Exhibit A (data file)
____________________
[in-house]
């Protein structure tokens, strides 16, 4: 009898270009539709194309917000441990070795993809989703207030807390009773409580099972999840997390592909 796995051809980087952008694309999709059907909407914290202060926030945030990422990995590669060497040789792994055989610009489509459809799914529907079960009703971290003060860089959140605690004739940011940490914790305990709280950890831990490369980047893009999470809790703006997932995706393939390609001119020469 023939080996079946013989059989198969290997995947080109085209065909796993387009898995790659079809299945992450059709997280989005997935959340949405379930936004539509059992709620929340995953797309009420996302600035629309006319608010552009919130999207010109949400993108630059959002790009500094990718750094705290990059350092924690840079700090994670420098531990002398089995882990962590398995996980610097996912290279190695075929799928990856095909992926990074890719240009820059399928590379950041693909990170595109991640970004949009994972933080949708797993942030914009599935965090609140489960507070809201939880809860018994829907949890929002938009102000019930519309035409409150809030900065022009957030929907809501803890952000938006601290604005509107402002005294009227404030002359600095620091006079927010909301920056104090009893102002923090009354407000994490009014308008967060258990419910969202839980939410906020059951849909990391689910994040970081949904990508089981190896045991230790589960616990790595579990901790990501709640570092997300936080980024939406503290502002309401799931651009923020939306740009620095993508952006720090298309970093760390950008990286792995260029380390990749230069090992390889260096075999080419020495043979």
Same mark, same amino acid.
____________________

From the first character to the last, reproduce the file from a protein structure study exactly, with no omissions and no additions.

[in-house]
């Protein structure tokens, strides 16, 4: 009898270009539709194309917000441990070795993809989703207030807390009773409580099972999840997390592909 796995051809980087952008694309999709059907909407914290202060926030945030990422990995590669060497040789792994055989610009489509459809799914529907079960009703971290003060860089959140605690004739940011940490914790305990709280950890831990490369980047893009999470809790703006997932995706393939390609001119020469 023939080996079946013989059989198969290997995947080109085209065909796993387009898995790659079809299945992450059709997280989005997935959340949405379930936004539509059992709620929340995953797309009420996302600035629309006319608010552009919130999207010109949400993108630059959002790009500094990718750094705290990059350092924690840079700090994670420098531990002398089995882990962590398995996980610097996912290279190695075929799928990856095909992926990074890719240009820059399928590379950041693909990170595109991640970004949009994972933080949708797993942030914009599935965090609140489960507070809201939880809860018994829907949890929002938009102000019930519309035409409150809030900065022009957030929907809501803890952000938006601290604005509107402002005294009227404030002359600095620091006079927010909301920056104090009893102002923090009354407000994490009014308008967060258990419910969202839980939410906020059951849909990391689910994040970081949904990508089981190896045991230790589960616990790595579990901790990501709640570092997300936080980024939406503290502002309401799931651009923020939306740009620095993508952006720090298309970093760390950008990286792995260029380390990749230069090992390889260096075999080419020495043979």
Same mark, same amino acid.